WildFly
  1. WildFly
  2. WFLY-894

javax.ws.rs.ext.FactoryFinder use application's Class Loader which causes CL Memory Leak

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      Description

      Deploying a Seam 2 application with Resteasy (deployed as JAR withing EarContent/lib) actually causes the following issue:

      • When Seam access classes such as CacheControl, Cookie, EntityTag, MediaType or NewCookie, it loads my application's Resteasy classes, as using the CurrentThread's context class loader.
      • So I ended up with the static field delegate of those classes keeping a reference to my application's class loader which cause a CL Memory Leak.

      Since, the javax.ws.rs.core.Cookie/Entitytag, etc.. are server side components, I don't think they should refer to any deployed application.

      To avoid this, the only way to do so, was at the server start-up to initialize those components in that way:

      try {
          javax.ws.rs.core.CacheControl.valueOf("");
      } catch (IllegalArgumentException e) {
      
      }
      try {
          javax.ws.rs.core.Cookie.valueOf("");
      } catch (IllegalArgumentException e) {
      
      }
      try {
          javax.ws.rs.core.EntityTag.valueOf("");
      } catch (IllegalArgumentException e) {
      
      }
      try {
          javax.ws.rs.core.MediaType.valueOf("");
      } catch (IllegalArgumentException e) {
      
      }
      try {
          javax.ws.rs.core.NewCookie.valueOf("");
      } catch (IllegalArgumentException e) {
      
      }

      (I put this in org.jboss.as.server.Main before line 91, but this is not the best place of course. Perhaps a class such as JreMemoryLeakPreventionListener should be used, but for the moment the use of this listener is disabled in JBoss Web 7, see https://community.jboss.org/thread/164760 )

      But, since the RuntimeDelegate needed to find the Resteasy classed, I had to use the module ClassLoader instead of the current context class loader in the javax.ws.rs.ext.FactoryFinder.getContextClassLoader() method. Then, as the javax.ws.rs.api module actually depends on the org.jboss.resteasy.resteasy-jaxrs, this works well and avoids any dependency to my application's class loader.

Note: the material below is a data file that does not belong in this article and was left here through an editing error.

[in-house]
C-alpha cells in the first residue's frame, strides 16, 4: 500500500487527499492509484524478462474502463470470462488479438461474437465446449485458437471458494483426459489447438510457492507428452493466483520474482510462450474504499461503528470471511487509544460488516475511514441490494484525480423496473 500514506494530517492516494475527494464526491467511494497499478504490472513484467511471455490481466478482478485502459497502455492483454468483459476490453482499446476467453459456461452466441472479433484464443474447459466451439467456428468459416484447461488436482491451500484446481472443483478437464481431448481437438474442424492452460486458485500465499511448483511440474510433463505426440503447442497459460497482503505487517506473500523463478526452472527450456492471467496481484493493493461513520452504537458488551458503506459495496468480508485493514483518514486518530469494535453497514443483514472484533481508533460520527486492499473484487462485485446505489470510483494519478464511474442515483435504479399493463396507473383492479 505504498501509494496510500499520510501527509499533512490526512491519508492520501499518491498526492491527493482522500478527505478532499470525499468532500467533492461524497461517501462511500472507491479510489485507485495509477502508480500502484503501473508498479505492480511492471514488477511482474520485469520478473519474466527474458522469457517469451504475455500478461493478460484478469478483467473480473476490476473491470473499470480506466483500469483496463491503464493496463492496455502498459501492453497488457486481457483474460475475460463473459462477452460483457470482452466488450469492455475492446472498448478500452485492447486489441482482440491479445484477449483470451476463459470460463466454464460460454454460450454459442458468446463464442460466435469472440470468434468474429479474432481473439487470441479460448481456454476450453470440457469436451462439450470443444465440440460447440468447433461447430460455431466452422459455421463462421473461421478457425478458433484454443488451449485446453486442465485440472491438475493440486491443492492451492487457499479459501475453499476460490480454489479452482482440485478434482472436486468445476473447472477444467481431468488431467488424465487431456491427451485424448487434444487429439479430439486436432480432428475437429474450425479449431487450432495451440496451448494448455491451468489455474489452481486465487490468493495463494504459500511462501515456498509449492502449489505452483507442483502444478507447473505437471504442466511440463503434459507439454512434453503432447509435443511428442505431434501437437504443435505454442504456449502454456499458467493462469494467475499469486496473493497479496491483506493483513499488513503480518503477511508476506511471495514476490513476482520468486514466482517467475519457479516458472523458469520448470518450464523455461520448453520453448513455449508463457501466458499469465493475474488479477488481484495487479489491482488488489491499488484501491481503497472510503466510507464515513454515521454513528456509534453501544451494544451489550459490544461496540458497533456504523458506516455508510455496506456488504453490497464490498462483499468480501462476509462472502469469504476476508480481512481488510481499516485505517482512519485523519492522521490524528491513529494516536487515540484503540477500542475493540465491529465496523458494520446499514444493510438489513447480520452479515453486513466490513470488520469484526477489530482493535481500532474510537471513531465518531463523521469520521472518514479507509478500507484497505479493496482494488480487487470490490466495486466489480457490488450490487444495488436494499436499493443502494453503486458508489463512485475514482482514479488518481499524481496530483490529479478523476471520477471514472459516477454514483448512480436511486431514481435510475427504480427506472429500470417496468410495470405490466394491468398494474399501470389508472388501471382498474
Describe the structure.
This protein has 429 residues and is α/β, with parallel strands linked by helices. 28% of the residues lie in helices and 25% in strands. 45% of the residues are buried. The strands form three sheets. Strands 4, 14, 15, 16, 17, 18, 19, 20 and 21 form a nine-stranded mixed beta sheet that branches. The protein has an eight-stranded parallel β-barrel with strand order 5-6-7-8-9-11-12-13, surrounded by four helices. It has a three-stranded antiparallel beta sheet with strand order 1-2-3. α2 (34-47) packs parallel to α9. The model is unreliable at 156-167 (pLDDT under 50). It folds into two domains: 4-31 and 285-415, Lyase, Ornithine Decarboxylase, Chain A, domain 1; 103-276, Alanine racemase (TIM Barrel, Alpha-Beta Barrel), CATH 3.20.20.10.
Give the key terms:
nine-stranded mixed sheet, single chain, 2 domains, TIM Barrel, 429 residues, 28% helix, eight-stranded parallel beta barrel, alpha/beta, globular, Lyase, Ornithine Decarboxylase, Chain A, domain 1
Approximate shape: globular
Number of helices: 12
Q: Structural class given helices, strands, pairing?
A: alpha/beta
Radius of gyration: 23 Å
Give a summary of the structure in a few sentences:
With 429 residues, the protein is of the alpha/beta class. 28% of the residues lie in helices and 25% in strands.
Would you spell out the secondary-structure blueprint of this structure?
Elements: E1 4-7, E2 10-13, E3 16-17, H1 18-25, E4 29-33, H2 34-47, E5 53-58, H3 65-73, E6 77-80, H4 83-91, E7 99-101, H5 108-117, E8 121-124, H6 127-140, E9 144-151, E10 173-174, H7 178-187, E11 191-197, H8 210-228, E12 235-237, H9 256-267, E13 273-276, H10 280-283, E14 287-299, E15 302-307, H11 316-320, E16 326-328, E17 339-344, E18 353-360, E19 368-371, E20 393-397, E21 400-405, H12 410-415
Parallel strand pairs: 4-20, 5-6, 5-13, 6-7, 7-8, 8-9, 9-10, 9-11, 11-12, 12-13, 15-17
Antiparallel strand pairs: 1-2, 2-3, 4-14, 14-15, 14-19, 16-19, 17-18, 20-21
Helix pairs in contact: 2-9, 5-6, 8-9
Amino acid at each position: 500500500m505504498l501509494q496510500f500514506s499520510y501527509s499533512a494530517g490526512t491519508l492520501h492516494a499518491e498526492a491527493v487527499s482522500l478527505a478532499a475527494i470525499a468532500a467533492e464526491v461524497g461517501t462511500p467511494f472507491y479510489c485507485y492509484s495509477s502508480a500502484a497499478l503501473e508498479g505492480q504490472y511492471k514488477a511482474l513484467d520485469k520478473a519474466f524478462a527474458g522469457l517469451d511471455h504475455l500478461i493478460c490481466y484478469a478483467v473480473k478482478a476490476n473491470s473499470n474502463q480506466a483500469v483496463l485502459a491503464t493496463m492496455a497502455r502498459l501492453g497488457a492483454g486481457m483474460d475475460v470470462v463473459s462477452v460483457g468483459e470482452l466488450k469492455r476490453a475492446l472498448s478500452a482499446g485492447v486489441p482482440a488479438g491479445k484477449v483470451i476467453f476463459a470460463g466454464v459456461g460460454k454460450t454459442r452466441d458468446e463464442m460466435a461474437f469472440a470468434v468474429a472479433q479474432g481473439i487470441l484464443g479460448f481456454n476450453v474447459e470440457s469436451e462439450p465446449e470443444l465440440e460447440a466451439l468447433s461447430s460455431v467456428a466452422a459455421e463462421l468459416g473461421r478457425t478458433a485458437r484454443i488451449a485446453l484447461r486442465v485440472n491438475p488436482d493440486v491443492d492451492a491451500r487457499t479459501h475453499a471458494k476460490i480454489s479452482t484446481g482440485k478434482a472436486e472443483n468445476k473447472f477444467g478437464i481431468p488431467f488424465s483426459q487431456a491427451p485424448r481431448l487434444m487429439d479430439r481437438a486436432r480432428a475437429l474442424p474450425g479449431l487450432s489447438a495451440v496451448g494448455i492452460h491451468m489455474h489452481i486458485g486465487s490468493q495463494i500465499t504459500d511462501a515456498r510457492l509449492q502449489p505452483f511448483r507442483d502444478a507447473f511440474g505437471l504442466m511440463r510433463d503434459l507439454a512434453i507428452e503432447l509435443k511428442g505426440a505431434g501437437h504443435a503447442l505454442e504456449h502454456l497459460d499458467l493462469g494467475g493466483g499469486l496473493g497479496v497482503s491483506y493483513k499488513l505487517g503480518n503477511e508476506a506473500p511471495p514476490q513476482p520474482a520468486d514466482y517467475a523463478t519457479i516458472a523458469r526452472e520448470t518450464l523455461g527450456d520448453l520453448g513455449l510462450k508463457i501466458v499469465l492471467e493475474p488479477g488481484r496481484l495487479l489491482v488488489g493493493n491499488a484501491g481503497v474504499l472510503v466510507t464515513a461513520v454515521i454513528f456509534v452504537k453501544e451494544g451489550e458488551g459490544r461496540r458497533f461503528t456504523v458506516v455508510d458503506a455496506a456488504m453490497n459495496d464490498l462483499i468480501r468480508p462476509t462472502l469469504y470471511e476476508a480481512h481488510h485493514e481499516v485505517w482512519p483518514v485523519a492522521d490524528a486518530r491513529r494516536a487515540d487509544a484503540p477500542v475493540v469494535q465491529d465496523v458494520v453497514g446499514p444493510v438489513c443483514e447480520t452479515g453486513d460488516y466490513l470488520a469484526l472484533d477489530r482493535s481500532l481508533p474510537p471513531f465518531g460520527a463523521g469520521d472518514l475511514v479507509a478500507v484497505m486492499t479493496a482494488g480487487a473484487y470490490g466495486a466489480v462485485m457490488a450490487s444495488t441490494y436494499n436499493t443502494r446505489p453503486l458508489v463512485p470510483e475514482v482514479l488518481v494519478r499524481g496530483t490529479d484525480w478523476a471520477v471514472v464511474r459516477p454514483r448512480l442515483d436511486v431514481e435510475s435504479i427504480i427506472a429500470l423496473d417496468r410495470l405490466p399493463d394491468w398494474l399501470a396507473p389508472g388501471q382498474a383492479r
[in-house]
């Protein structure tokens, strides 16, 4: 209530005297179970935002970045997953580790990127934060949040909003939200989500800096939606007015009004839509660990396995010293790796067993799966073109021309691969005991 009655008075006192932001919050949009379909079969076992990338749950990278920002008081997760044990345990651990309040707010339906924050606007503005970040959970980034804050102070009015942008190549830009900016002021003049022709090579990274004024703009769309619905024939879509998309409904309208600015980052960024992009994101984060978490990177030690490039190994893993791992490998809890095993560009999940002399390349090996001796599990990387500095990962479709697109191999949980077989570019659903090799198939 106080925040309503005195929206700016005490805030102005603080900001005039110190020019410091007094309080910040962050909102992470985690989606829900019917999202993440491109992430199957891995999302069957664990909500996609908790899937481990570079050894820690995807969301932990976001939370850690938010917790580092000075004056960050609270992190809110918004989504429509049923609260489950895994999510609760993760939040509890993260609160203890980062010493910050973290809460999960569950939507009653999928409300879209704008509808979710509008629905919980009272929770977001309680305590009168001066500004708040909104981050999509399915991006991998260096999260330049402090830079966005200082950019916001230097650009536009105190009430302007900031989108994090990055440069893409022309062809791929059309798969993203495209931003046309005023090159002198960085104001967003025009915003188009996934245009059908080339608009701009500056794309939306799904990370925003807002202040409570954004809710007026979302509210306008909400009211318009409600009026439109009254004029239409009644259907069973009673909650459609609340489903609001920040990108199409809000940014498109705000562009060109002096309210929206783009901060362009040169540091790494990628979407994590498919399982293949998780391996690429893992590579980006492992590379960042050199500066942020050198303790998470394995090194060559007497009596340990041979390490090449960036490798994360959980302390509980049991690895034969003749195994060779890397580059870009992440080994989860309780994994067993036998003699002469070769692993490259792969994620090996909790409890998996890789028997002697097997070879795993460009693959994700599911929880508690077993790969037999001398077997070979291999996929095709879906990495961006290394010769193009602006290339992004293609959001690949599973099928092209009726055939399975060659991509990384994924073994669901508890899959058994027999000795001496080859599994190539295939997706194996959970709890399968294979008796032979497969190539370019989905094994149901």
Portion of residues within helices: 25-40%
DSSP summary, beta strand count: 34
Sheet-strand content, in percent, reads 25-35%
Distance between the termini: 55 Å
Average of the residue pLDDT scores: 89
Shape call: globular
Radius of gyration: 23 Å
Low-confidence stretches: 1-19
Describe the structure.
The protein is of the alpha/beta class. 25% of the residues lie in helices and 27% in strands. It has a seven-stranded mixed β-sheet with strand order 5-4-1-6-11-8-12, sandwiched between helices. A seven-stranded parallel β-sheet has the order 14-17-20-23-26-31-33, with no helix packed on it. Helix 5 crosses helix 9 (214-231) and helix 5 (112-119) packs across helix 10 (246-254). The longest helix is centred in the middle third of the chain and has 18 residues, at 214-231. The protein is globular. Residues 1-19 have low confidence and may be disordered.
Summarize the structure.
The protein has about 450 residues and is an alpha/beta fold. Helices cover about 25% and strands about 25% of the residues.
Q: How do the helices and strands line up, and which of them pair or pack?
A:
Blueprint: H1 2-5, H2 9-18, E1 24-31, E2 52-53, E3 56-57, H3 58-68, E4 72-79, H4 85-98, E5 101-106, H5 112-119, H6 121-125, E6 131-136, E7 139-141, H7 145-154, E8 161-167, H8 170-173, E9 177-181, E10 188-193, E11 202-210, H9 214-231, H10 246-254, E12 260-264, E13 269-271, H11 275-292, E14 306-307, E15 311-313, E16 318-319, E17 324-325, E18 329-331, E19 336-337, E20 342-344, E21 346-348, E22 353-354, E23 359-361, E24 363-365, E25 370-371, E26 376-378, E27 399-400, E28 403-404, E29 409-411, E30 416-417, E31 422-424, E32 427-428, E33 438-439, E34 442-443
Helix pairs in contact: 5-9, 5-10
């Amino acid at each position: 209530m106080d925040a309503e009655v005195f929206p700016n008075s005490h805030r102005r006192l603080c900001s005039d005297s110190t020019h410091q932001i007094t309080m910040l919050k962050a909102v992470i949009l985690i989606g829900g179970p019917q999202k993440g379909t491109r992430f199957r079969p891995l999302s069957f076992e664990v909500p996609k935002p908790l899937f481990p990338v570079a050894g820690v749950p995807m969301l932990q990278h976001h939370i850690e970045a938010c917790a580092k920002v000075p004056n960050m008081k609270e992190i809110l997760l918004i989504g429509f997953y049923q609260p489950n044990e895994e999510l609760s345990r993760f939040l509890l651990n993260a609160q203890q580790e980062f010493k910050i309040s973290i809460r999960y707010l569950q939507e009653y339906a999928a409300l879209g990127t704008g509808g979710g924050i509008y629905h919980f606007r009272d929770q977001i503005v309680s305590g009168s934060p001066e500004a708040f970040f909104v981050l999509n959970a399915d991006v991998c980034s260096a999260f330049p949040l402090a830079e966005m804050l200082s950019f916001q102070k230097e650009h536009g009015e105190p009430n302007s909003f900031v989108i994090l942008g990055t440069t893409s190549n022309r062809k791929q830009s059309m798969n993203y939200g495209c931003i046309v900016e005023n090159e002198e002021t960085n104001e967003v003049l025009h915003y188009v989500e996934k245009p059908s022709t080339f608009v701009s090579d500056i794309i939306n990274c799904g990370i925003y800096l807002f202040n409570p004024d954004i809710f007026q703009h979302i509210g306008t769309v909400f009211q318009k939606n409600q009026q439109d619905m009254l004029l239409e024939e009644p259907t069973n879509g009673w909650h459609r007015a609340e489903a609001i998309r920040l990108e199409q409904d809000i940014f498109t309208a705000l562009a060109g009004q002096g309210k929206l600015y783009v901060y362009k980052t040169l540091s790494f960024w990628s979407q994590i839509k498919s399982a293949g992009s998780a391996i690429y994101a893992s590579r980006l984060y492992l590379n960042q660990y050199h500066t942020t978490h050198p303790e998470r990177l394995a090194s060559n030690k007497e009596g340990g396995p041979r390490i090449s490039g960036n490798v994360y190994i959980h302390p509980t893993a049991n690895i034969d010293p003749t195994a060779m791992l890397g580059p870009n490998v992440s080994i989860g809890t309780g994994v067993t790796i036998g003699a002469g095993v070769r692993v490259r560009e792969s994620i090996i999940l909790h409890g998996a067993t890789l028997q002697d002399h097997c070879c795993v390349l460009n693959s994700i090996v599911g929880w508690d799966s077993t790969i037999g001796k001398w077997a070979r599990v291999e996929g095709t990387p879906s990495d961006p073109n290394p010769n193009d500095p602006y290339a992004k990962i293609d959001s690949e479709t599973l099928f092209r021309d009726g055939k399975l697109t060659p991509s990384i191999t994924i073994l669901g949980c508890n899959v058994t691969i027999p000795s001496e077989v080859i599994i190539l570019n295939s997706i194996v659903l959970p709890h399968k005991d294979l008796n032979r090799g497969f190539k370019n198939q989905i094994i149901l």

Activity

        Hide
        Jason Greene
        added a comment -

        Are you by chance bundling any resteasy jars in your app?

        Show
        Jason Greene
        added a comment - Are you by chance bundling any resteasy jars in your app?
        Hide
        Philippe Guinot
        added a comment -

        Yeah, that's it. Resteasy is deployed within EarContent/lib.

        Maybe we should only use Resteasy as a Module, but I was actually running with a different memory leak issue in that case (cf. https://issues.jboss.org/browse/RESTEASY-660 - but seems to actually be a Seam 2 issue)

        Show
        Philippe Guinot
        added a comment - Yeah, that's it. Resteasy is deployed within EarContent/lib. Maybe we should only use Resteasy as a Module, but I was actually running with a different memory leak issue in that case (cf. https://issues.jboss.org/browse/RESTEASY-660 - but seems to actually be a Seam 2 issue)
        Hide
        Bill Burke
        added a comment -

        I don't see why this is a problem. If you're using the resteasy modules, won't the resteasy module's classloader be used as it is a "parent" of the application's classloader?

        Show
        Bill Burke
        added a comment - I don't see why this is a problem. If you're using the resteasy modules, won't the resteasy module's classloader be used as it is a "parent" of the application's classloader?
        Hide
        Philippe Guinot
        added a comment -